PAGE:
God floated down to Hell.
It was all a mistake, he knew. He was God, the Greatest, the one who did good, the one who was good. Nothing in the Universe could exist without his decree. He was the Almighty, the Alpha and Omega, the beginning and the end and all things in between, Amen.
At his will, shrieking hordes of souls fell into the depths of damnation, or flitted like grey shadows through the eternal halls of limbo, finding no peace, no rest, nothing but to wait till time and space were no more. At his command, mighty civilisations crumbled to sand, the dry dust of the millennia blowing through their bones. At his desire, supernovas wiped out galaxies full of life that was, that had been, and that would never be.
He was God.
How could he be sinking to Hell?
It had to be a mistake. He’d soon sort it all out, and be on his way again – to the other place. To the place where he knew that he belonged.
He stood in the antechamber to Hell. Behind a pair of doors forged of dragon’s wings, red, blue and green lights flickered. A demon sat behind a desk, watching him warily.
She was a very beautiful demon, God couldn’t help noticing, with exquisitely curled horns at her brows and wings the exact shade of a sunset over the ocean. Her eyes, slanted and glowing the colour of flames, studied him carefully.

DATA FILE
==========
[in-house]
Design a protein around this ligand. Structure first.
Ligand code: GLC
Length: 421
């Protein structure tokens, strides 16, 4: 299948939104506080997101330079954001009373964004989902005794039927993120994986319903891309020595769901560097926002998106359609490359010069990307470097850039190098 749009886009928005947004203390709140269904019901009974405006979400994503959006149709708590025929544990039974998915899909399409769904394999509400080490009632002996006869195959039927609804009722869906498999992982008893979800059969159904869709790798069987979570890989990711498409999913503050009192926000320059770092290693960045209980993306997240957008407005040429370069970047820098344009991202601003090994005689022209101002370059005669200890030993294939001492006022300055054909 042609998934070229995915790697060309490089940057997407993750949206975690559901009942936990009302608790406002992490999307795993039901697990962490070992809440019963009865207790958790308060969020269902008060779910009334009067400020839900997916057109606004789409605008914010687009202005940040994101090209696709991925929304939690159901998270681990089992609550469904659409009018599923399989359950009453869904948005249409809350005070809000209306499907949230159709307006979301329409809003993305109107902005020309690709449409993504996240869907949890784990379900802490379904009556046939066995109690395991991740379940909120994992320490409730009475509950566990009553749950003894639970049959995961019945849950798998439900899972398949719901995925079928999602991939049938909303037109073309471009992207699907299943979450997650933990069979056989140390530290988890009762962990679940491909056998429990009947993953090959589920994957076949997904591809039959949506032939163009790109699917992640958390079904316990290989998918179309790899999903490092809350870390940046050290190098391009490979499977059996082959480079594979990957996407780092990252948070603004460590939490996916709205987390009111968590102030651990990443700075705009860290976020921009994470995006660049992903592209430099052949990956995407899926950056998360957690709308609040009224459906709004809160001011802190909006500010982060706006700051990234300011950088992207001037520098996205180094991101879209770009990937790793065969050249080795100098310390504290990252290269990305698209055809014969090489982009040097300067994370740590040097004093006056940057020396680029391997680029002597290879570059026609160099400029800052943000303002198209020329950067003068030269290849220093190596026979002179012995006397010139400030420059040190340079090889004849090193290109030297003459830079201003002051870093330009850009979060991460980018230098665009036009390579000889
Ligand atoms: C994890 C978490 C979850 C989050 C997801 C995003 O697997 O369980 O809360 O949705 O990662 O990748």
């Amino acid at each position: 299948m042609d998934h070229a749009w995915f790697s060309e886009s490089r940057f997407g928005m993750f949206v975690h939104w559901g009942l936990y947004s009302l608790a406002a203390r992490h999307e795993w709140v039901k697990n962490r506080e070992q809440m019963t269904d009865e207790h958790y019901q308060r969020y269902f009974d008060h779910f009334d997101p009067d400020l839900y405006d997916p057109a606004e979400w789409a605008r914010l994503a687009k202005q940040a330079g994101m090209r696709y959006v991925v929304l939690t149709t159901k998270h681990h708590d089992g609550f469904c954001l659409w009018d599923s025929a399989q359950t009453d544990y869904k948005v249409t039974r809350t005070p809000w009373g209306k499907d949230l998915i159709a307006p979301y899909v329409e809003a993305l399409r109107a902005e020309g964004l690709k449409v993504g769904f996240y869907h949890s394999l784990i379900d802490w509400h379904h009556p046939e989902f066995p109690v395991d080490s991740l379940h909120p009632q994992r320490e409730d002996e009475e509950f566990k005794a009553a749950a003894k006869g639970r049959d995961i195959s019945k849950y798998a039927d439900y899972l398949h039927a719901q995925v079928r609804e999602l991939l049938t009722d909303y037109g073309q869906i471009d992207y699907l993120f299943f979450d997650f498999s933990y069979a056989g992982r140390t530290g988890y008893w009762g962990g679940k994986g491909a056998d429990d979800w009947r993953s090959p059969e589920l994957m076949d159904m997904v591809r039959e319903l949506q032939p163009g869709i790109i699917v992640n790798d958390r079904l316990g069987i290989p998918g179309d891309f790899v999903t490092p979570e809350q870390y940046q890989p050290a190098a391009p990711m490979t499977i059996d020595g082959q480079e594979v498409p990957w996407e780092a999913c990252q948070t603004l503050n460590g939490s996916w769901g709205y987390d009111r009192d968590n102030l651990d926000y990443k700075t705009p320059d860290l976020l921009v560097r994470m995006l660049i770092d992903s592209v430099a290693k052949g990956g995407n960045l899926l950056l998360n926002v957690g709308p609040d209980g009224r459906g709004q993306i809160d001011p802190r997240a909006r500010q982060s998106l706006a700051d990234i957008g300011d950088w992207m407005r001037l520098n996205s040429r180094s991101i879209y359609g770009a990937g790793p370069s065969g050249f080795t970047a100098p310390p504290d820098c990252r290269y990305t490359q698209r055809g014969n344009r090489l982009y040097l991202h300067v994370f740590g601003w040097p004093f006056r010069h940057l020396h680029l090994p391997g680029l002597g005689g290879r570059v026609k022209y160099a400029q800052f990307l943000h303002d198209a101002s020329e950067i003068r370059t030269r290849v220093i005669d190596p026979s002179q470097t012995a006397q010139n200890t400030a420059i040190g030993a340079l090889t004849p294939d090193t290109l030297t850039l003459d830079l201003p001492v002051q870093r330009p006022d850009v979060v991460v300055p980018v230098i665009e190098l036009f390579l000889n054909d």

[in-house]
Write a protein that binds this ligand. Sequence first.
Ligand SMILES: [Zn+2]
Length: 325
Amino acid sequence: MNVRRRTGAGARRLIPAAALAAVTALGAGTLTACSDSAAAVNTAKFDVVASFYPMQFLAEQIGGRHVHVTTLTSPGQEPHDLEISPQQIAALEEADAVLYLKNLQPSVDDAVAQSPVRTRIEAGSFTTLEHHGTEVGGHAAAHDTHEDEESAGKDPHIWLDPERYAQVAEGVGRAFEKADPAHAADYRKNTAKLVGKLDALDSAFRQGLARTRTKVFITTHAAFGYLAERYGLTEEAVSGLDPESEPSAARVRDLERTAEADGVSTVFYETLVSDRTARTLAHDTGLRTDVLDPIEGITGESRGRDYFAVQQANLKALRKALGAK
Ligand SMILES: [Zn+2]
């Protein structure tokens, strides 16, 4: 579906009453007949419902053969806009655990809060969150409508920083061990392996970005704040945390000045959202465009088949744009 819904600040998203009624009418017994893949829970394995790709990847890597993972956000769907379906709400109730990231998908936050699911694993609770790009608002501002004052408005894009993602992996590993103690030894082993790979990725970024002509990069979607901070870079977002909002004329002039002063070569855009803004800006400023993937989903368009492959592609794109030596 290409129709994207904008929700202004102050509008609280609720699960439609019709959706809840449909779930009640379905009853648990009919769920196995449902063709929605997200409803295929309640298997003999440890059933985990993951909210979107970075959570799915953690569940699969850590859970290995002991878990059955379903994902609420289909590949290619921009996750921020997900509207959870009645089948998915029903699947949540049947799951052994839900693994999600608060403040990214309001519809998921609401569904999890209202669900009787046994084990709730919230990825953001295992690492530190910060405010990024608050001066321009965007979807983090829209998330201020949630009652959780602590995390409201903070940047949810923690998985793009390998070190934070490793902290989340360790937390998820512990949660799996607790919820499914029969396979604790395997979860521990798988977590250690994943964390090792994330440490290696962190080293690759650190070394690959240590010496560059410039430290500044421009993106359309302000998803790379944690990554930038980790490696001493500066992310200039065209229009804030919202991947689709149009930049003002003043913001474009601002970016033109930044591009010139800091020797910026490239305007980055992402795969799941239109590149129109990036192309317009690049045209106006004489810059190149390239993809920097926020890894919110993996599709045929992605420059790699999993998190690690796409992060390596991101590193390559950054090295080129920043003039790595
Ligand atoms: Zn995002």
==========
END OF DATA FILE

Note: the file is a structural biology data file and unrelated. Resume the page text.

It was time to lodge his complaint, right away.
“There’s been a mix-up,” he said. “I’m God –“
“We know who you are,” the demon interrupted. She tapped a talon on a sheet of parchment on her desk.
“Good, then you know I’ve been sent down here by mistake. I don’t belong here.”
“We’re not disputing that you don’t belong here,” the demon replied. Lines of fire raced up and down the parchment from the tip of her talon. “You aren’t passing in through these gates...”
“Then I’m free to go?”
“I’m afraid,” the demon said, smiling very briefly, “not quite.”
There was a pause. God felt a chill pass down his spine.
“What does that mean, not quite?” he asked at last. “If I’m not going through the gates, then shouldn’t I be allowed to go?”
“You didn’t let me finish,” the demon replied. “I’d have said, you aren’t passing through the gates, because you have no right to.”
There was another pause, and then the demon spoke again.
“Have you ever thought,” she asked quietly, “of all the poor spirits you’ve tortured through the years, for no fault of their own? Have you ever spent a moment to ponder on the feelings of those who must spend the rest of forever in the torture of damnation, because you put them in it? Have you ever felt any remorse for the children who starved on the streets, who would never have been born but for your outlawing abortion? How about the millions your Holy Warriors have murdered in your name, from Crusaders to jihadists to Zionists? What about the animals tortured to death in sacrifice to you? What about...”
“They were evil!” God shouted. “It was evil!”
“And if they were, since you invented evil...what does that make you?”
God’s mouth opened and closed, silently.
The demon was no longer looking quite so beautiful. She raised a finger in the air. “Listen.”
God listened, and wished he hadn’t.
Over the rustle of flames, he could hear a new, rapidly growing, noise.
On the other side of the dragon gates, a mob was approaching.
Copyright B Purkayastha 2014